Walking through the various booths and seeing names of ingredients I found hard to pronounce, I was struck by numerous lightbulb moments, learning (among other things!) that not all flavor occurs naturally and seeing people from all walks of life and all parts of the science of food community learning, networking, and laughing together.
You see, I come from a very different background than most of you. Over the last 10 years, I worked at the national office of the YMCA, where I developed leadership trainings as well as a diversity and inclusion strategy for staff at all levels, enabling them to learn, develop, and positively impact their communities. It was quite a different experience from the important work that you all do—providing each and every person on the planet with a safe, nutritious, and sustainable food supply. So when I arrived at IFT18 and walked the bustling halls of McCormick Place, it was easy to feel a bit out of place. Essentially, I was an outsider.
Walking into a space where you don’t know anyone and are unfamiliar with the field and industry can feel very scary and isolating. It was outside of my comfort zone—I had to go up to people I didn’t know, who had backgrounds different from mine—and try to find a way to fit in. It felt a lot like a family reunion where I was the newest member...only it was a family of 23,000 people.
What I found when I walked into that large convention hall at McCormick Place affirmed the decision I made earlier that week to accept the position of Director, Diversity and Inclusion at IFT.
The people I met at IFT18 all stepped up and made intentional efforts to make me feel at home there. I was greeted by booth vendors who were happy to answer my many questions and friendly faces who were open to engaging me in conversation. They welcomed me into the IFT family without even knowing me.
The feeling of Community—one of IFT’s core values—came to life for me in my time at IFT18, and it continues to grow as I take on this new role.
In my new role, I aim to strengthen how IFT’s core values show up in everything we do, and to bring to life our newest promise—“Include”—to help further build an environment where all the members of our profession feel valued, recognized and connected to the IFT community. However, building community isn’t the job of one, but a collective effort of everyone. We’ll need everyone in the science of food to come together and welcome people into our family, just as I was welcomed at IFT18.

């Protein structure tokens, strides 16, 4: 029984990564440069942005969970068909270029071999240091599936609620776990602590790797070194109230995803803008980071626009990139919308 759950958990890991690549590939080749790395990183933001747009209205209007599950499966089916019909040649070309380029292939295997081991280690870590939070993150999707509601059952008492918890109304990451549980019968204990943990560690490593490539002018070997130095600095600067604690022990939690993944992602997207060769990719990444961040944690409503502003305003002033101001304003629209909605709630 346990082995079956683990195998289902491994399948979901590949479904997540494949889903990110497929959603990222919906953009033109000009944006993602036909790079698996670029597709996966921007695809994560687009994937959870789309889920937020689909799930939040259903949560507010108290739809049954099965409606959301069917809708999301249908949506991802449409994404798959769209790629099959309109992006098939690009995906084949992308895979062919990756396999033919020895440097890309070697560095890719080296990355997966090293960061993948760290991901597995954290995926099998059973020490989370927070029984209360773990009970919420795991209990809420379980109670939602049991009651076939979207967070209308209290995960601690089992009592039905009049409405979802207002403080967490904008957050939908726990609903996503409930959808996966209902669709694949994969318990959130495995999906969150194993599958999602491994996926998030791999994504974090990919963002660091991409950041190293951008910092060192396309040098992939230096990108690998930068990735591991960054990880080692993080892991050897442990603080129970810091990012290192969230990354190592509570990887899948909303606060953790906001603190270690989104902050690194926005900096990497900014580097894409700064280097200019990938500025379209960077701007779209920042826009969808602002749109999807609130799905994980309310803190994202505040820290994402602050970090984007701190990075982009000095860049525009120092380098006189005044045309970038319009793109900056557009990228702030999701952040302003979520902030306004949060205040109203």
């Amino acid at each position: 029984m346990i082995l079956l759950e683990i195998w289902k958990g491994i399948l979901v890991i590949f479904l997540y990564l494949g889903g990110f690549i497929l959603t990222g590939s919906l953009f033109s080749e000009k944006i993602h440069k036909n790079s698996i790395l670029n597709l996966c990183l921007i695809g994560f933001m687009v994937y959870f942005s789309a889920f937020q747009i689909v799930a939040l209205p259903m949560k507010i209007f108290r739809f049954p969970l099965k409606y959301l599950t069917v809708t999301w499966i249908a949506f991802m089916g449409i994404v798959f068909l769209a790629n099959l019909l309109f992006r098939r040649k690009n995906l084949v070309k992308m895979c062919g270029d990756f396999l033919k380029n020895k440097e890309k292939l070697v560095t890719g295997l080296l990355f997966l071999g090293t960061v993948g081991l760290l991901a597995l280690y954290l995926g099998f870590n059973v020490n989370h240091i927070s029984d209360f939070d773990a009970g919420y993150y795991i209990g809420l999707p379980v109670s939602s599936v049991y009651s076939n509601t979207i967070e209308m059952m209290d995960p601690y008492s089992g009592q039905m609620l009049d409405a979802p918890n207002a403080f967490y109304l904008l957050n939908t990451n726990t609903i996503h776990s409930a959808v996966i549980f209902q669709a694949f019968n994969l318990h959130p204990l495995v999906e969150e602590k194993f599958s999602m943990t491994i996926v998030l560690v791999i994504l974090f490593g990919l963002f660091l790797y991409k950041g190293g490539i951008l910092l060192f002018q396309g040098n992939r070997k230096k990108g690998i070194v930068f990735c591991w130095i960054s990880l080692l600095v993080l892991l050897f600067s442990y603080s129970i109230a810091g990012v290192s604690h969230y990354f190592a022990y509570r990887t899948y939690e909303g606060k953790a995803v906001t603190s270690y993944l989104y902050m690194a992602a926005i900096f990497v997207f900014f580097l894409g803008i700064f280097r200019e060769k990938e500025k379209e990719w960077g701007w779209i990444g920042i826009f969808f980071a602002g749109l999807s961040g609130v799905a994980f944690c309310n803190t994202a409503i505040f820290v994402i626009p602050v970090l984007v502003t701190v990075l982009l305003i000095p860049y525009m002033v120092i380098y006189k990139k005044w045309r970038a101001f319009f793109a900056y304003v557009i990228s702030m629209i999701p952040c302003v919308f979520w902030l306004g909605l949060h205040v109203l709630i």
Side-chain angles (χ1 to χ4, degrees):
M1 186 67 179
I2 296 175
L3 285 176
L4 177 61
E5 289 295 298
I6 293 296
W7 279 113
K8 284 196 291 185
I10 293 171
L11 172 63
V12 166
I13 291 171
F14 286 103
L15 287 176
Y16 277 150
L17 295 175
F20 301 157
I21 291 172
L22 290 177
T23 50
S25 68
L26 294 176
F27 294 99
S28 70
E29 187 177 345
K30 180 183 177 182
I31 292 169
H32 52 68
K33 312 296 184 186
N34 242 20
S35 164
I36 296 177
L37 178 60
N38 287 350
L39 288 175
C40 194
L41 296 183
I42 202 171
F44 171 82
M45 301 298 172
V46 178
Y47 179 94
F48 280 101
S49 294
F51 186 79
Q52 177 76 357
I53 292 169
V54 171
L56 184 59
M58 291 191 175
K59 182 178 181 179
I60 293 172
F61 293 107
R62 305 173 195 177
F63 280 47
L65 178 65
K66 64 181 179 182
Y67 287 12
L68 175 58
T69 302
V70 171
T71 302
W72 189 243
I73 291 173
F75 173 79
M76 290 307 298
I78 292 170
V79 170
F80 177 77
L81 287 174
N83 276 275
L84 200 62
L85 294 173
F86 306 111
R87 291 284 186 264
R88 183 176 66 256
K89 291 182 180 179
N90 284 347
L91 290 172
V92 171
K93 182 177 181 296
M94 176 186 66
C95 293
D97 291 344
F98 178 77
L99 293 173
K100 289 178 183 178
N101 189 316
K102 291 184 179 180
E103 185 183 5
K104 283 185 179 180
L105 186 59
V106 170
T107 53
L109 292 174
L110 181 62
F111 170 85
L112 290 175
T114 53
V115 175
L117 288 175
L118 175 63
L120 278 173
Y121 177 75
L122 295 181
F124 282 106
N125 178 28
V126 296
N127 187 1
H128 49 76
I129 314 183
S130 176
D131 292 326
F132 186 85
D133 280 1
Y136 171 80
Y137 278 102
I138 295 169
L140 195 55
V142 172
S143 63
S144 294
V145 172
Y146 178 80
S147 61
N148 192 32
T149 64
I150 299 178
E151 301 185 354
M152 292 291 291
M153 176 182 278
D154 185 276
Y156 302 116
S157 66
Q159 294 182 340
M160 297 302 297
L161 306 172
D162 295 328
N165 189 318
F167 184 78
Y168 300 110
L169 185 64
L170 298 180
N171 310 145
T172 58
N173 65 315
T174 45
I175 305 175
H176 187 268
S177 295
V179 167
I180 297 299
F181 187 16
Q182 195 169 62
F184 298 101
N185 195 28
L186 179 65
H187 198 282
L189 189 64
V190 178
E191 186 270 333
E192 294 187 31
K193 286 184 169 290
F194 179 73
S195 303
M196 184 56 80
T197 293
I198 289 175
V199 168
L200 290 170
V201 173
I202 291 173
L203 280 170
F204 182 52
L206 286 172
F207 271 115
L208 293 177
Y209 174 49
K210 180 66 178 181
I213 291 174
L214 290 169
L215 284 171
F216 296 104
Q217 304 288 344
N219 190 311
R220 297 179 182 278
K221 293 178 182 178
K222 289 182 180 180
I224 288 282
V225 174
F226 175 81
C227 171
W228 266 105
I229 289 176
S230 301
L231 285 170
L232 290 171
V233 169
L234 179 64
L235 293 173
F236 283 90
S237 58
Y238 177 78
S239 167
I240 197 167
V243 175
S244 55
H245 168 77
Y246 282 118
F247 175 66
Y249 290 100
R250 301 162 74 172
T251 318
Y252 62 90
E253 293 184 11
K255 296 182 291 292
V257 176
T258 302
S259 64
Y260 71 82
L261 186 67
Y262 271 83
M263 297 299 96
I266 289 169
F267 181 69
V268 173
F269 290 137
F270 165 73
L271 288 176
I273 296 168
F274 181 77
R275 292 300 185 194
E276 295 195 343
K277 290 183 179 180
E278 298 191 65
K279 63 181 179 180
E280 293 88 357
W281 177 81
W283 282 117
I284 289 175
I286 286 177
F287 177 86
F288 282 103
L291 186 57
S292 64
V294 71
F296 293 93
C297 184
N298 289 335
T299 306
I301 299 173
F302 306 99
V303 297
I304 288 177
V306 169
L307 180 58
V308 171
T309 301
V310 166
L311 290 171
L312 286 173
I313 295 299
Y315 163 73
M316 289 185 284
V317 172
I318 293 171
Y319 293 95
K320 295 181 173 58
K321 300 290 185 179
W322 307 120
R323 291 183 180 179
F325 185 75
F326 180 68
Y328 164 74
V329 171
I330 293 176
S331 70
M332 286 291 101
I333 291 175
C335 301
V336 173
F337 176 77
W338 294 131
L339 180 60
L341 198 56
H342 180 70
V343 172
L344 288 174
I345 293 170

Over the next few months, I will be collaborating with people across the IFT community to communicate the importance of creating a more diverse and inclusive organization where everyone has the opportunity to learn, grow, and thrive in their careers. As I continue to develop the strategy for this chart of work, I welcome your thoughts, comments, and questions, so please feel free to reach out to me so I can get to know you and make sure that I capture the voice of the IFT community in advancing the science of food through diversity and inclusion.
The 2020-2025 Dietary Guidelines for Americans asserts nutritional needs should be met with foods and beverages that are nutrient dense, but what does this mean and how does it translate to better overall health and a reduction in the risk of diet-related chronic diseases?
IFT’s Global Food Traceability Center (GFTC) recently submitted comments to the U.S. FDA on behalf of the science of food community regarding the Food Traceability Proposed Rule. Here's the highlights.
The Environmental Working Group (EWG) has released its annual “Shoppers Guide to Pesticides in Produce,” containing the notorious Dirty Dozen and Clean 15 lists. Just how risky are pesticide residues on the Dirty Dozen fruits and vegetables? IFT Fellow Dr. Carl Winters sheds some light on this question.